Cash Books

Accounting for our money

Girl Guides Victoria collects money from our members to deliver a service to our members.
Making sure that we are using the funds for the purpose intended is key to being a trustworthy organisation.
Funds raised either via unit fees, donations or any fundraising activities by Units, Districts or Regions or associated committees are held in trust for, and by Girl Guides Victoria (Girl Guides Association Act 1952, S5 (6)).
This means that all funds should be accounted for appropriately.

There are three steps you need to take to account for the money you are holding in trust.

Step One: Collect
You should collect your information throughout the year, so that you're not stuck with a lot of work at the end of year. It's also easier to fix up any problems that come up (and they do no matter how careful you are!) as they happen.

Step Two:  Review
You should have your records reviewed by an external auditor as soon as possible after the 31st December.

Step Three:  Report
Your report is due to GGV by 31st March of the next year. Go directly to Online Reporting or download a document to fill out manually.

Step One: 

Collecting information

For the last couple of years we have been collecting information using the 'CashBooks' spreadsheet.
This spreadsheet allows for detailed recording of information required.
Your auditor will need all of this information to review your accounts.

There are other ways of recording your information, which you are able to use.
You can use spreadsheet tools like CashBooks or you can create your own.
Or you can try using an online accounting system like Quickbooks or Xero.

The important thing is, that you arrange your information so that you are clear about what income you've received, when and from whom, and what money you've spent on what, when and who you paid.

At the end of the year, you'll need to provide this information to your auditor and a summary of the information to GGV. See Step 2 for what's needed.


There are lots of ways you can record your financial transactions. You can use our CashBooks spreadsheet, you can use an accounting software program, or you can use a paper-based manual system. The important bit is,
 - record all the money you receive and all the things you spend money on
 - make sure that your money in and your money out balances with your bank balance at the end of every month.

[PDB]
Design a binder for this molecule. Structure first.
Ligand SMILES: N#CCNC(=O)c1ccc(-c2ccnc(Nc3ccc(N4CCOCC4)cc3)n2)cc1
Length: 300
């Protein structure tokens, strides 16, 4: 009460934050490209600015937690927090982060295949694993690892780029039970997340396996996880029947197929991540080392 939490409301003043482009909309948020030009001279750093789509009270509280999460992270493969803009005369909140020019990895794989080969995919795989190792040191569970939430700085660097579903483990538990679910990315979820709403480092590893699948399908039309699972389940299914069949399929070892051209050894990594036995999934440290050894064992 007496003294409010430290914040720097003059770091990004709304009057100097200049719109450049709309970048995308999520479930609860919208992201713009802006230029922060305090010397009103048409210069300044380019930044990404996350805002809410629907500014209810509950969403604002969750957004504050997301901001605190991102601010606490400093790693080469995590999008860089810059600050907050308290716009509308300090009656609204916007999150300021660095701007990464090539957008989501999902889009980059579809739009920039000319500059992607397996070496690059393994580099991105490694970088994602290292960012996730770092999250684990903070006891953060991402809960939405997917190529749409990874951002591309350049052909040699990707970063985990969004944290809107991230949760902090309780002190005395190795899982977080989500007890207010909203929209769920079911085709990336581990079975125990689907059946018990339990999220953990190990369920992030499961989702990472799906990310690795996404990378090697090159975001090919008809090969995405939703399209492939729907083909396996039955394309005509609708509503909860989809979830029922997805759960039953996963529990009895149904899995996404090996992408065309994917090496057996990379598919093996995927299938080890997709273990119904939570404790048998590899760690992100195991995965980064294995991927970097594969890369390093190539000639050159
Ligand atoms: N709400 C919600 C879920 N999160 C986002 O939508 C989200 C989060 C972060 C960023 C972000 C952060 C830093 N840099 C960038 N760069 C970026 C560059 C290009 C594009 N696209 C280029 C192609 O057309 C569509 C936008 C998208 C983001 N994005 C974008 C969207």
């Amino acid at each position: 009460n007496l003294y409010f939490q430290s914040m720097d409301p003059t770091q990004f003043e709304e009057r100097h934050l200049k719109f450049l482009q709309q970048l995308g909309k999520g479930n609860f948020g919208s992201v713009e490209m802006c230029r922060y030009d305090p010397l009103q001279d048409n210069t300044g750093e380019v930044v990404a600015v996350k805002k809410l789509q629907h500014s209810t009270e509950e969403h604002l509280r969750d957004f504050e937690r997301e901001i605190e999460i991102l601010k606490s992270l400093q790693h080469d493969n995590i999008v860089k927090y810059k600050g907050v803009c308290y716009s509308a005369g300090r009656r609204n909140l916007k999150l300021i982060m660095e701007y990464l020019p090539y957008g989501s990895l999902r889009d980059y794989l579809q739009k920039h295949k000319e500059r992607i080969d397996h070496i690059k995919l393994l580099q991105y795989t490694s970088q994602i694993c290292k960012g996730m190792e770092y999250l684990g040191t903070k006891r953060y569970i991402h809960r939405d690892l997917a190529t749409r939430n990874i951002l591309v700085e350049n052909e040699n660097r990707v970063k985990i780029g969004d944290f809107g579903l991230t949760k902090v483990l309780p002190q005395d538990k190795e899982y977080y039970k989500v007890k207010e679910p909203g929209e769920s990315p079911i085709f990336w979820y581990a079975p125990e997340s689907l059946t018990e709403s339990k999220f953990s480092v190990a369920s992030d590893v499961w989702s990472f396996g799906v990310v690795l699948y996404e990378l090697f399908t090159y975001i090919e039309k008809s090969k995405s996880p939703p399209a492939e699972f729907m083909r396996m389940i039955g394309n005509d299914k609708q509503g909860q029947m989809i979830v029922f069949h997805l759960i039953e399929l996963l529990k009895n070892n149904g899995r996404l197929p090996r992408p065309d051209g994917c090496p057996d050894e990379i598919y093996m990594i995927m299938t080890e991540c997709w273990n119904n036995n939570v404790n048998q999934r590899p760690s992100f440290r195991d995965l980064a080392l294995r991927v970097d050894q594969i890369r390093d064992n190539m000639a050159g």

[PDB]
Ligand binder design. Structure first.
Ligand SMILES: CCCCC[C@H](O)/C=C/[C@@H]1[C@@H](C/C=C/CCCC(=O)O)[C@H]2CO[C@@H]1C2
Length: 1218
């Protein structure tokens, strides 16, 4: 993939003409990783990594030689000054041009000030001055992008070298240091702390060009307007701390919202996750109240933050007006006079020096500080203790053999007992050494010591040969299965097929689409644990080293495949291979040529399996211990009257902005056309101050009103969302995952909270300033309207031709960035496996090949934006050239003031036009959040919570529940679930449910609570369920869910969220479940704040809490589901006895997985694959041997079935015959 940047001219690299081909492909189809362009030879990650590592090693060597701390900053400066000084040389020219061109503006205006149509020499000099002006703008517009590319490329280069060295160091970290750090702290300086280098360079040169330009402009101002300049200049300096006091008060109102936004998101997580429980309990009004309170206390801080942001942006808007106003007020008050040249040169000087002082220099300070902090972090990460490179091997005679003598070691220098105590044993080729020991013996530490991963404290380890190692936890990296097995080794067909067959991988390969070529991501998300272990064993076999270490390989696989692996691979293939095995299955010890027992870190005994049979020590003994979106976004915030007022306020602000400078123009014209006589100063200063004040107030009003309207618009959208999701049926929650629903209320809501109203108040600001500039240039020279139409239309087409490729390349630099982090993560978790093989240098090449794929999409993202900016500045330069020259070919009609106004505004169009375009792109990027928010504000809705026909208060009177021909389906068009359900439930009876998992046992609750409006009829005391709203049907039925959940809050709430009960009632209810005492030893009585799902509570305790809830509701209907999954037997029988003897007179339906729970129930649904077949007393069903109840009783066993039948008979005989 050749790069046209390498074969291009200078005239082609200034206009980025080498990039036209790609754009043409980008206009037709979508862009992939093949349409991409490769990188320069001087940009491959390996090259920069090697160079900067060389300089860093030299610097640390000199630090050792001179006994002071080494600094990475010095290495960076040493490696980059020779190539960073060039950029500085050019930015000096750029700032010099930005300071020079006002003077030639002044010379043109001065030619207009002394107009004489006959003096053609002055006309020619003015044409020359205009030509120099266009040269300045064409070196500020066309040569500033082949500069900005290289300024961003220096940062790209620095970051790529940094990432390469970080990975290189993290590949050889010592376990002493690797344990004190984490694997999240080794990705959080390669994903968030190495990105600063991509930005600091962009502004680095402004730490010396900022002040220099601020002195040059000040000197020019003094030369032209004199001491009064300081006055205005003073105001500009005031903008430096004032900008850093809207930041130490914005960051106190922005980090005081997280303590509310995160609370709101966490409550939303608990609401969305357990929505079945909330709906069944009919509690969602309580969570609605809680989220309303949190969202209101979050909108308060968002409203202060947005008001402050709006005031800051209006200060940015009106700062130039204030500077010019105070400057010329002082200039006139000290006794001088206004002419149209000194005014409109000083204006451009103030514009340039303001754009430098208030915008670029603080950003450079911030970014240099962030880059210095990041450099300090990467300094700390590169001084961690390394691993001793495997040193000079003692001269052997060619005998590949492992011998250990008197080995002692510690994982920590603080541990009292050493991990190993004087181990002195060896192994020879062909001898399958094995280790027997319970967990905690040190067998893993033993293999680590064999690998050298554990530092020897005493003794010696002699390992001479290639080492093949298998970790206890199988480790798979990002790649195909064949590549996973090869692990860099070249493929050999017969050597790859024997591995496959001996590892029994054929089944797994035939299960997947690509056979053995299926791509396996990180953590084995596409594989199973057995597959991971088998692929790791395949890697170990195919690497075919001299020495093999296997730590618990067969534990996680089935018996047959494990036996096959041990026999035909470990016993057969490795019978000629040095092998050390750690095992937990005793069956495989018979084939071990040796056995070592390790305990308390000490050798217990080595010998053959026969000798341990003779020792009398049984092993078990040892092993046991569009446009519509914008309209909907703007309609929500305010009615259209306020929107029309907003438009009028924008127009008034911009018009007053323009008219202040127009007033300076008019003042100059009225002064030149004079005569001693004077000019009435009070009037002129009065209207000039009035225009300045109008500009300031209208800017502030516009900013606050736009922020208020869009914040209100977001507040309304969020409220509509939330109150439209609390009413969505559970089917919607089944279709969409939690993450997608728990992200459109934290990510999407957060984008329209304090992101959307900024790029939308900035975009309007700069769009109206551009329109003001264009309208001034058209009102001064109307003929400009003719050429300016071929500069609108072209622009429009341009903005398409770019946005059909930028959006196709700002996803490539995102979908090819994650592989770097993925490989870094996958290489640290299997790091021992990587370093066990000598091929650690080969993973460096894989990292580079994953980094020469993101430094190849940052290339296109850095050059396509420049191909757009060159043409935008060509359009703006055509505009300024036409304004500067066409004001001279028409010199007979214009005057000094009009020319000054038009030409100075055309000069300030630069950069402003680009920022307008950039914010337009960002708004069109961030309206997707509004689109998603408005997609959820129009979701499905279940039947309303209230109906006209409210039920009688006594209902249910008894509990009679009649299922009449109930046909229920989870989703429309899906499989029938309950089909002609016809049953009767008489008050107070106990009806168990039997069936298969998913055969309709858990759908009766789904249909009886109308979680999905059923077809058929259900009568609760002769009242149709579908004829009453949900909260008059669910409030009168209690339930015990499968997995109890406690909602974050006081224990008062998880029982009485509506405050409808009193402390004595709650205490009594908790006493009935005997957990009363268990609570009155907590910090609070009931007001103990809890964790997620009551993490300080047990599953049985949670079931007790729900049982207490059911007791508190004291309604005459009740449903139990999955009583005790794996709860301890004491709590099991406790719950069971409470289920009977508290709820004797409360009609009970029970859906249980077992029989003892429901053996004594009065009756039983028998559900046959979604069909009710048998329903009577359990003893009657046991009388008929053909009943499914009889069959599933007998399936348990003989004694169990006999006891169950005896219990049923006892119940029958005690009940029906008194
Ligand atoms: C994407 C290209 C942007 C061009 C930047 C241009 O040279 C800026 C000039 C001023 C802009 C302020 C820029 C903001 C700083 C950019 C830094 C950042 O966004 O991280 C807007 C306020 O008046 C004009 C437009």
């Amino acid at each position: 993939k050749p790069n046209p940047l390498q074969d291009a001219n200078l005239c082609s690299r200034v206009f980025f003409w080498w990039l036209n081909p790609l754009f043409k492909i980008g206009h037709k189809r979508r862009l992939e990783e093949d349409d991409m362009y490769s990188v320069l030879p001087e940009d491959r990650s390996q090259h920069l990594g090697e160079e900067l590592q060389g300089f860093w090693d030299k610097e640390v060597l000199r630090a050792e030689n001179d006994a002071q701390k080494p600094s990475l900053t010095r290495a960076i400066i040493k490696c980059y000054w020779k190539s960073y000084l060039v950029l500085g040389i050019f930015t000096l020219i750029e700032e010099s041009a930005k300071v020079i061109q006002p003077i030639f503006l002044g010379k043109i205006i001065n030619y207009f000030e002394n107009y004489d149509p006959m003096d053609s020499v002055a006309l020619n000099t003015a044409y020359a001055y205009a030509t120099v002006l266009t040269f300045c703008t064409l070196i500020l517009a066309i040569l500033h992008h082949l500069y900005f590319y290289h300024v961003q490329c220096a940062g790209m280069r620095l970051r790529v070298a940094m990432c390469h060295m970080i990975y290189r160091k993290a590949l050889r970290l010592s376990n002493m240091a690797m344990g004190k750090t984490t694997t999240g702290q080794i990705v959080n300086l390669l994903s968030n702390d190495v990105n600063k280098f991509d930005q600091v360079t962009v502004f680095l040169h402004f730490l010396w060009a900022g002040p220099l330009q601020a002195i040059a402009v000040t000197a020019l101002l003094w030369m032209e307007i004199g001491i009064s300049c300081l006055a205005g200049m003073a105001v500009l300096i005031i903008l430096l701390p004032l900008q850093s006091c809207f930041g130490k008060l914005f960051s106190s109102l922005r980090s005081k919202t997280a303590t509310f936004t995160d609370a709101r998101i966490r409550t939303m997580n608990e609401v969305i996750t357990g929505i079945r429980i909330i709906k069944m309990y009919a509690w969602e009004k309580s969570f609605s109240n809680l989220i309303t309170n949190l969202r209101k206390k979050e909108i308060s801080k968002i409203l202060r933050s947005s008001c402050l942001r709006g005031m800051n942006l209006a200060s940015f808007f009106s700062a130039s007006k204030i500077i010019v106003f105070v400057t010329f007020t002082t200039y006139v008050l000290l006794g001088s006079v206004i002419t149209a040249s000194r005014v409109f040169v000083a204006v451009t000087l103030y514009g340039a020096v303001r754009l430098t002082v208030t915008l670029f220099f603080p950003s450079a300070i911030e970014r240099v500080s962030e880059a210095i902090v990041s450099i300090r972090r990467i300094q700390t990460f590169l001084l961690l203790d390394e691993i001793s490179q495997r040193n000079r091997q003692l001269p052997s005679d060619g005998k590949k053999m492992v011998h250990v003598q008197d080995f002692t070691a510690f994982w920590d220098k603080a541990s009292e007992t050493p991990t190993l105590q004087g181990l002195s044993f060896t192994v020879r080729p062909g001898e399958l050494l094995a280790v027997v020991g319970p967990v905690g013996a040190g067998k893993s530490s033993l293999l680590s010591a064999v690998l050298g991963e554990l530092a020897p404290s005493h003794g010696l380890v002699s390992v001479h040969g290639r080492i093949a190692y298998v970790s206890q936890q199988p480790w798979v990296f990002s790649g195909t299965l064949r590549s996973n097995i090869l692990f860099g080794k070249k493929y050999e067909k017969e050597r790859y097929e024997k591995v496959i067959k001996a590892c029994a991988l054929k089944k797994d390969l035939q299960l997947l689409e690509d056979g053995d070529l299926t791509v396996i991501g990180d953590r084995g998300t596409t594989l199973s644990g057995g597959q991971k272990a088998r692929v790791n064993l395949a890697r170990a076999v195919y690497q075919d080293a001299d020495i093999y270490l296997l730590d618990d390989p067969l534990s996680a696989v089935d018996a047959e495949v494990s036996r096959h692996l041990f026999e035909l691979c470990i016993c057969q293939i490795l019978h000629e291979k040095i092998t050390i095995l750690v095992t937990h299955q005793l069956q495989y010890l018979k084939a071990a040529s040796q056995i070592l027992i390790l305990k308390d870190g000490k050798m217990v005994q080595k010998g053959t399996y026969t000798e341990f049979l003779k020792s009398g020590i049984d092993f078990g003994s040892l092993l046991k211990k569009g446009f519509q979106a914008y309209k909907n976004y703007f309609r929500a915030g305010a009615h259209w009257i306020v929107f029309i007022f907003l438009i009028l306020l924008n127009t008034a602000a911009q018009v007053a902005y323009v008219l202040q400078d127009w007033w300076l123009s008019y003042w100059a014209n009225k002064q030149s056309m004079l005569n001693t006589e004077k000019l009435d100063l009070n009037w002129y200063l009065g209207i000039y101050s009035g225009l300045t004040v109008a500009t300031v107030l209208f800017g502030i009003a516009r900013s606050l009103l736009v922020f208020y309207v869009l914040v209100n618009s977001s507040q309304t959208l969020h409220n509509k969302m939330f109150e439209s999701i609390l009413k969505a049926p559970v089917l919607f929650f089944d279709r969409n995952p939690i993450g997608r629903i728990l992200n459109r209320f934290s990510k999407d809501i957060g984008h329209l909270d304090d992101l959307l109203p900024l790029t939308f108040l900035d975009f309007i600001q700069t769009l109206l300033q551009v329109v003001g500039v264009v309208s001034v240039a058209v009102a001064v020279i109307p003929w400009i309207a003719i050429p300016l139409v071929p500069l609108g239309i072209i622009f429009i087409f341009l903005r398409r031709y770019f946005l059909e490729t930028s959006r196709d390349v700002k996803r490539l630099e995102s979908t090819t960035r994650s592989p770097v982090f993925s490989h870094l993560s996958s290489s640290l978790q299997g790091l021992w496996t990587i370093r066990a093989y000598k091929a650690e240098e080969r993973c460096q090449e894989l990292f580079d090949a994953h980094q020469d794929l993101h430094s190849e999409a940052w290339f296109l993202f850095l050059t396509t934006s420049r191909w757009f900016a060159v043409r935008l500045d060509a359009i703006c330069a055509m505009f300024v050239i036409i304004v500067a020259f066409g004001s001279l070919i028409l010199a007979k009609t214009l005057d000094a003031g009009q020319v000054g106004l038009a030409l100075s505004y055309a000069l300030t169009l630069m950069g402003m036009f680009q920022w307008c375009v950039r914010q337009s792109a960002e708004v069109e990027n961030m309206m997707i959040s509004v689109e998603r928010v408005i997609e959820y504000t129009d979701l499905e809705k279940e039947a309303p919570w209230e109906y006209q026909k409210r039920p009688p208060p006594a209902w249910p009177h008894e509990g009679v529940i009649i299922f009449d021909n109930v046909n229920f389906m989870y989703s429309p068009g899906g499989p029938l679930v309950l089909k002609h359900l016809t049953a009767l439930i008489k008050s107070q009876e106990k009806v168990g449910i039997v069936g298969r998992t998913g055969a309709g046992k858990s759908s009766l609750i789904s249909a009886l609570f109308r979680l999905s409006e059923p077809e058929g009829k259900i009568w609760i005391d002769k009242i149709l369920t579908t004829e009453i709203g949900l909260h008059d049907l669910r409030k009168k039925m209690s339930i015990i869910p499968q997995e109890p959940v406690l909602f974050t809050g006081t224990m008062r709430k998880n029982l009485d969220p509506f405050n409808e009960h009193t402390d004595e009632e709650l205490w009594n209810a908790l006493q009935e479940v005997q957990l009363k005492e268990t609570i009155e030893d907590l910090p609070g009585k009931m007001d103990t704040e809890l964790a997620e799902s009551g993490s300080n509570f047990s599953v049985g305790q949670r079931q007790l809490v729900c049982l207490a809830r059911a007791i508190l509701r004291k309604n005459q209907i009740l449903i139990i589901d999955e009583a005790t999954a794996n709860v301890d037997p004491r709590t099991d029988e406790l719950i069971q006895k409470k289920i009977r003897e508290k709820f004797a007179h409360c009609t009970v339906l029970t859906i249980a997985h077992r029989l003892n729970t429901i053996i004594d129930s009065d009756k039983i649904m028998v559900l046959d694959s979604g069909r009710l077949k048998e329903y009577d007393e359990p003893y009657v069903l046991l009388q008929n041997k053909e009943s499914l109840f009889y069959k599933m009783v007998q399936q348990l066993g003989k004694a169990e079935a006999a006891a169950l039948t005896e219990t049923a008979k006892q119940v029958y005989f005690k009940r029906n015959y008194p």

For every bank account you manage, you will need to make a separate report (see Step Three).

CashBooks spreadsheet:

This has already been set up for you, with all the different categories that you'll need.

Download a spreadsheet to record information for the 2016 calendar year

Download a spreadsheet to record information for the 2017 calendar year

If you'd like to use an accounting software package (these attract fees), here are two that you might find easy to use:

Manual records:
You are also free to use a paper-based system. Here's a document that you might like to use as a template that you can download and print out.

If you'd like some pointers on how to manage your cash, this is a really great site that has lots of free, useful information for you as well as other templates you might like to use.

There are other systems, both spreadsheet and accounting packages - feel free to explore or used a preferred package. Just so long as you collect the information required, you can use whatever system you prefer.

Step Two: Review

To make sure that we're collecting the right information in the right way, all records should be audited.

Each bank account will have supporting documentation that you've collected over the year (see Step 1), to show how you arrived at the closing balance that you did.

Every transaction should be supported by some sort of documentation.

How do I review my accounts?

Your documentation and bank account details should be taken to an external auditor, who will review your accounts, make sure they have been recorded accurately, and will certify this.
The following people are appropriate to audit (review) your accounts:
 - Bachelor of Business or Commerce with an Accounting major
 - A full member of an accounting professional body such as CPA Australia, the Institute of Chartered Accountants in Australia or the National Institute of Accountants
 - Bachelor of Business or Commerce with an Accounting major
 - Certificate IV in Financial Services (Bookkeeping)
 - Professional experience as a Bookkeeper, Accountant or Auditor
 - Experience keeping community organisation accounts

If there are issues, you should work with your auditor to resolve them, and to work on a system to make sure they don't happen again.

Here is a checklist for you to give your auditor:  Checklist

Once your audit is complete, you'll need to report to GGV.

Step Three: Report

 Your report is due by 31st March each year.

There are two ways to report to GGV. You can:

1)  Submit your cashbooks ONLINE

2)  Print and submit your cashbooks reports via post/email

What you'll need to submit

For each bank account that you will be reporting on, you will need the following:
 - Signed and completed Statement of Receipts and Expenditure
 - Bank account details - BSB and Account Number
 - Fully completed Year End Audit Checklist
 - Copy of the last page or your bank statement that shows the balance (as at 31 December, or the day the bank account closed - whichever is the most recent date).

For every group of cashbooks that you are responsible for (some people only prepare one set of cashbooks, other people are responsible for multiple cashbooks) you will need a fully completed Declaration. As part of this Declaration you'll be required to certify that the information you've provided is accurate, and that you have disclosed all of the bank accounts that your Unit/District/Region is responsible for.